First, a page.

Raw footage of OZ 214's failed landing
The focus now lies solely on the cause of the accident, and the National Transportation Safety Board (NTSB) is hesitant to come to any kind of conclusion until all the facts are straight. The operating pilot at the time of the accident was halfway through his training on a B777 with a measly 43 hours of total flight time and the co-pilot was on his first flight as an instructor. Furthermore, this was the first time the pilot attempted a landing at San Francisco International Airport, which is known for having nothing but a seawall separate the San Francisco Bay from the runway. But do these circumstances alone suggest pilot error?
|You think you've seen it a 100 times already, but imagine battling that blaze as a first-responder and ensuring that all the passengers have been evacuated.|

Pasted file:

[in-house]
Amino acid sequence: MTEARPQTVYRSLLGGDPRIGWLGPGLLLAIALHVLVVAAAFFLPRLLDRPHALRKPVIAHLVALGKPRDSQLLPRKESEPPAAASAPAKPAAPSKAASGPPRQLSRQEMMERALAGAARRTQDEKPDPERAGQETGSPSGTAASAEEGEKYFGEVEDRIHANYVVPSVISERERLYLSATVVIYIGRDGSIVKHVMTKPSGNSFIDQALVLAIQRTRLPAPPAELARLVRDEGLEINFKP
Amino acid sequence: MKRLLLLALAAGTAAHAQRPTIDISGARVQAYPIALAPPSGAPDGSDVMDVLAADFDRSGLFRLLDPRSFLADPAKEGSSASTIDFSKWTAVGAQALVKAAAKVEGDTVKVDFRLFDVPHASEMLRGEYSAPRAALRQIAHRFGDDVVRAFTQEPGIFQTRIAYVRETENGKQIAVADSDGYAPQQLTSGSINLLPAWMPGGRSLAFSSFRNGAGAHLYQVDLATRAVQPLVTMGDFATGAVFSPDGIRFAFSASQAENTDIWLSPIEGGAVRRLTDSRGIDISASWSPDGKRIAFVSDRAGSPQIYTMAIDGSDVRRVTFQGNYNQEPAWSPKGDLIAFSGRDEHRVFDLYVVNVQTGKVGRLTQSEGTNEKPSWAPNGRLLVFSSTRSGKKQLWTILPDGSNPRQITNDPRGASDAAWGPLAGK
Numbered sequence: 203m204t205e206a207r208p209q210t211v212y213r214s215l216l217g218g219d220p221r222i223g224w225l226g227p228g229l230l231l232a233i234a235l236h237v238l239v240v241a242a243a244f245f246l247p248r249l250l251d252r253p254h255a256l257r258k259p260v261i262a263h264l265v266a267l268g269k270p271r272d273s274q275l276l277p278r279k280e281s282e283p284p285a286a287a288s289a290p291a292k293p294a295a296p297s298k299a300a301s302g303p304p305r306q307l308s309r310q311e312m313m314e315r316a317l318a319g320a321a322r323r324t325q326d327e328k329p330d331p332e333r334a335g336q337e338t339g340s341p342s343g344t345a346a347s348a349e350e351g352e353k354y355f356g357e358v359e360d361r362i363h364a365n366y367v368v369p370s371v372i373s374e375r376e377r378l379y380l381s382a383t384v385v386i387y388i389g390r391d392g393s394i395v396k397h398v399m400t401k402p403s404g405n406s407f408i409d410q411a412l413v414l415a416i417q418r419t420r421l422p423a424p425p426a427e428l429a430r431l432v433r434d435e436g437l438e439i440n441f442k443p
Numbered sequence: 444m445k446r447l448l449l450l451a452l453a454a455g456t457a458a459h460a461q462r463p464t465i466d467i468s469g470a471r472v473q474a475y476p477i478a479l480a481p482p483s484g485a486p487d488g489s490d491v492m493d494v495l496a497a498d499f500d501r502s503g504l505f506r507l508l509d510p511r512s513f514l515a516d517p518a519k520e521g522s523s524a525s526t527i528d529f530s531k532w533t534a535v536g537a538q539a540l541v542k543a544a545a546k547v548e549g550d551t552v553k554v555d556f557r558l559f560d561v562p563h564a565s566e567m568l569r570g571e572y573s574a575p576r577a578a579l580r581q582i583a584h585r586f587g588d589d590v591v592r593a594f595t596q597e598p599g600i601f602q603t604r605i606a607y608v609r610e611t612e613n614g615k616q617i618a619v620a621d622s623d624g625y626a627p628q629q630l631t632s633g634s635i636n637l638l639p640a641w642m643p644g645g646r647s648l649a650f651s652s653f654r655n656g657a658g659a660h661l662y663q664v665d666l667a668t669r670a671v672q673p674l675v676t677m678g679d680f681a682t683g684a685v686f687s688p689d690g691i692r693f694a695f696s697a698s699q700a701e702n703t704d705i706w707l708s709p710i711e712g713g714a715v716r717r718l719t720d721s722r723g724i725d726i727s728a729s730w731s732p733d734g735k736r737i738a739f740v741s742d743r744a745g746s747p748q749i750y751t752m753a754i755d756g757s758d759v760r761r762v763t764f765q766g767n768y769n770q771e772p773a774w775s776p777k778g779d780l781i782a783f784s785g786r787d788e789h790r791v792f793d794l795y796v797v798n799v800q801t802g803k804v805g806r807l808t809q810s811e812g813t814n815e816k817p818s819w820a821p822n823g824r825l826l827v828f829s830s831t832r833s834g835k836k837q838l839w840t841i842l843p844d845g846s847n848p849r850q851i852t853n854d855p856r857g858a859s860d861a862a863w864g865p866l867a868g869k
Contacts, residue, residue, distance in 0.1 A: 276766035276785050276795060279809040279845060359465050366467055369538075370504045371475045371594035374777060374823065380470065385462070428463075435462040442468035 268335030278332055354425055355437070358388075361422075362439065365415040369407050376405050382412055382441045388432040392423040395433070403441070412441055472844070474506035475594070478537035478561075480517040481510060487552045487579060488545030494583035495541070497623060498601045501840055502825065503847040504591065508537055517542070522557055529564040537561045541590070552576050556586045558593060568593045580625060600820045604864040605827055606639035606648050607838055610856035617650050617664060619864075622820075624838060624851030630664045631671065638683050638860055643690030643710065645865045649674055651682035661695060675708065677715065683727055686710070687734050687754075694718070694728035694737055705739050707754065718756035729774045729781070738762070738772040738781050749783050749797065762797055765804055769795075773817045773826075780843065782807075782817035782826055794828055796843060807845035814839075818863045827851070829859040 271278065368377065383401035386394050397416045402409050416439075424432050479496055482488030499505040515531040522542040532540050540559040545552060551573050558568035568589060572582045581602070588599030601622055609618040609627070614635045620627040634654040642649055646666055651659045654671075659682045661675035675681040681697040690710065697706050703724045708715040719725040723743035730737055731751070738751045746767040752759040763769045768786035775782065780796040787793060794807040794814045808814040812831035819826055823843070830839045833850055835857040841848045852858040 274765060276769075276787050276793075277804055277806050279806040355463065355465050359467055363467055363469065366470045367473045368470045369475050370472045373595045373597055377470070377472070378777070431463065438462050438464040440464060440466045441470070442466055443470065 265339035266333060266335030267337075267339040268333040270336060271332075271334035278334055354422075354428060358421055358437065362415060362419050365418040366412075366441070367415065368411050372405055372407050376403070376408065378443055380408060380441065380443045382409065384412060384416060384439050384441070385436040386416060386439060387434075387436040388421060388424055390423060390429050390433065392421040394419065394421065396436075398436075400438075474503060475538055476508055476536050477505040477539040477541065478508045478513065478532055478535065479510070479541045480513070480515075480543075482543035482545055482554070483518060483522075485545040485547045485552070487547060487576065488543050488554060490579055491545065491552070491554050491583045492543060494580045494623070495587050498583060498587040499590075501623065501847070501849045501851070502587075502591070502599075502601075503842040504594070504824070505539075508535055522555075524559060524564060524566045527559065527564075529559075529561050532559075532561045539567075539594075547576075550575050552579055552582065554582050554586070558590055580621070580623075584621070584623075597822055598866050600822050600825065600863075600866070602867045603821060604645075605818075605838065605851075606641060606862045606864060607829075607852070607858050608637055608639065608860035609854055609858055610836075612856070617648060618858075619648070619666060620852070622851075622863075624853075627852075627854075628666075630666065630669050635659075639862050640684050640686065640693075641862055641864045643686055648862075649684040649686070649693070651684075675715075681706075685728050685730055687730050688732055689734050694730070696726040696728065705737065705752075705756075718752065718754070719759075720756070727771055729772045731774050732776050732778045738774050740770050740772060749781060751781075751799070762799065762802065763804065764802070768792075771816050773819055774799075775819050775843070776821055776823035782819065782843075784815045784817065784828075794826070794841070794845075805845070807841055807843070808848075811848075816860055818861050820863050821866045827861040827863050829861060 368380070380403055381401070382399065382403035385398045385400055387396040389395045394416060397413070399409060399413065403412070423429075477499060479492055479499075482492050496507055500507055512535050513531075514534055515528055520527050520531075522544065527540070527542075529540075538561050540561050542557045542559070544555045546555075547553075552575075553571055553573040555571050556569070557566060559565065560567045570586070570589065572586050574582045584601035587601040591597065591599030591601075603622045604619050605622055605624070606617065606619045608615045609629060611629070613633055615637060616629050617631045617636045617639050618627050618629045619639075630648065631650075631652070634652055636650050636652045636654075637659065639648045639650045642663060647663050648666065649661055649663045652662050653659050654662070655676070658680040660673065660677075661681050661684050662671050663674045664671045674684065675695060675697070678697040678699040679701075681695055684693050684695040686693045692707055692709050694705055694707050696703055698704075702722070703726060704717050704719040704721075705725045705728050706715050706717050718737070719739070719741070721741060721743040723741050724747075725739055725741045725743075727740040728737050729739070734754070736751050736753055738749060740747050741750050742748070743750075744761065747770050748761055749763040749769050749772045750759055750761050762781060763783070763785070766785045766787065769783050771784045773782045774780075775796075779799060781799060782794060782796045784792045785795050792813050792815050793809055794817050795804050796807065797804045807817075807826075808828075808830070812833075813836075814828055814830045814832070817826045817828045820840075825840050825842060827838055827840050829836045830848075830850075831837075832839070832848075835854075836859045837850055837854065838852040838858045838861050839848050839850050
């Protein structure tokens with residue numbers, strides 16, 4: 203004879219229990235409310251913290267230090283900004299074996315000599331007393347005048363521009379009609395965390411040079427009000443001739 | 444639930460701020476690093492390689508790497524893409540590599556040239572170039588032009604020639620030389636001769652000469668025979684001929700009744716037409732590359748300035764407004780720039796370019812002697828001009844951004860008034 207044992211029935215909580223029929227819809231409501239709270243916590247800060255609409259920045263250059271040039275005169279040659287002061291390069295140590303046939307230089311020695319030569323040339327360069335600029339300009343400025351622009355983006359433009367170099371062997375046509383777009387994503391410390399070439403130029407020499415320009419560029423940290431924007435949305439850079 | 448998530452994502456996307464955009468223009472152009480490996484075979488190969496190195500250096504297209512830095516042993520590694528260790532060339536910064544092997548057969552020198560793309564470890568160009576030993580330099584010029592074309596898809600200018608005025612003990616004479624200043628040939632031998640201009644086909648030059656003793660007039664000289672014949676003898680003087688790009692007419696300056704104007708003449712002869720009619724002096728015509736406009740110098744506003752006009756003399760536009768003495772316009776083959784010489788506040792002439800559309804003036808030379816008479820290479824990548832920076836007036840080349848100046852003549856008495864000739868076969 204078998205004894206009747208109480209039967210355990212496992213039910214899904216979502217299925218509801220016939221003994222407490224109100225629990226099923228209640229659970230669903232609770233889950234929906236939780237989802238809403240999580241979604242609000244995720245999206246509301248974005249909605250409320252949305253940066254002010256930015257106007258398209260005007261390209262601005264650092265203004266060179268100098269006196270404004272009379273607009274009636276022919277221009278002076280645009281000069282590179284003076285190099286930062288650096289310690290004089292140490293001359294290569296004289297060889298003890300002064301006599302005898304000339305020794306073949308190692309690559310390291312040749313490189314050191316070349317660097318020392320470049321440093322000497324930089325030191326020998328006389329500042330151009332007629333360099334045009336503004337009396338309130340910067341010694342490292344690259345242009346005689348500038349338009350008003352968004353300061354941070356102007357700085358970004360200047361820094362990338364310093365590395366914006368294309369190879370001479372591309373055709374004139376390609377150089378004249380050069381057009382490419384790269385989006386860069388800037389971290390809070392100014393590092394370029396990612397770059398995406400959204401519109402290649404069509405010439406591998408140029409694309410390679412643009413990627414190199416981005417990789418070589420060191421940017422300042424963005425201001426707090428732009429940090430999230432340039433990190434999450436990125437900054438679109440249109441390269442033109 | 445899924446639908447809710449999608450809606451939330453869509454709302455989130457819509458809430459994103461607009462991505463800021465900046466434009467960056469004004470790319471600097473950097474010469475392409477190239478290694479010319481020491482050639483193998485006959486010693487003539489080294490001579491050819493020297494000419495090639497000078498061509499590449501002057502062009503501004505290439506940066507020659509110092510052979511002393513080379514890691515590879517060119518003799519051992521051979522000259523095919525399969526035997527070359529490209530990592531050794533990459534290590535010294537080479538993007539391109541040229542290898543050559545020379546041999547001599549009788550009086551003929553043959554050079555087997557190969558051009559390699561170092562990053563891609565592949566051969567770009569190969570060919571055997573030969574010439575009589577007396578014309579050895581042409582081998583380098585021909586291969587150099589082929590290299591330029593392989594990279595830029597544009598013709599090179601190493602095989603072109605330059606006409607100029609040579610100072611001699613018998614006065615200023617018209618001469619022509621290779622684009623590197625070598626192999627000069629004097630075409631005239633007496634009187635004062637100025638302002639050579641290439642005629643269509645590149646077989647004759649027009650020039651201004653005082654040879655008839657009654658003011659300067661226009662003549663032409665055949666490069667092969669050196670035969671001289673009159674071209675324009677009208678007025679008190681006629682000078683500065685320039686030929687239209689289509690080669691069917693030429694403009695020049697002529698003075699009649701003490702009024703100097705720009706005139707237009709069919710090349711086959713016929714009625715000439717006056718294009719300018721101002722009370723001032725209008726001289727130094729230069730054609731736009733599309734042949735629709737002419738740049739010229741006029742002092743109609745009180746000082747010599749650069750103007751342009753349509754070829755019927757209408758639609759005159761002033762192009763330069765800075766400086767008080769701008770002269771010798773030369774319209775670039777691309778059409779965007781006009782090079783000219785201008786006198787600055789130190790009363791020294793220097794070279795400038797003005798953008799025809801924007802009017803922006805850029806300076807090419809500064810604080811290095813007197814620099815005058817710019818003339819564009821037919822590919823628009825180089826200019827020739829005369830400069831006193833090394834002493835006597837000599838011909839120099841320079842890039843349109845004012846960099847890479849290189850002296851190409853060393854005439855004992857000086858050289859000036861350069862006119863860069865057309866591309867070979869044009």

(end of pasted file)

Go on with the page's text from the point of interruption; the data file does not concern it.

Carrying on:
|This photo gives a new definition to the crappiest seats in the house|
|Flight purser Lee yoon-Hye: her name should be engrained under the Webster dictionary's definition of heroine.|
|The lady in turquoise: "Check out my souvenirs from China! You want to buy one?"|
"Foreigners (especially Americans) don't understand that in China, human lives are cheaper than money. And this belief is deeply ingrained in the mentality of the Chinese government and its people."
Even if the NTSB's investigation discovers equipment malfunction, there is no doubt that some of the blame will still fall on the pilots. When you have 307 lives in your hands, you can't depend solely on a computer to safely land a 250-ton aircraft. The landing phase is by far the most dangerous segment of a flight, and the pilots should not have taken the aircraft's warning signs lightly and at the last second. OZ's reputation and stock price will suffer, and the CEO will have plenty of questions to answer for. Fortunately, South Koreans have honor and the entire country feels ashamed of the tragedy, even though it wasn't their fault.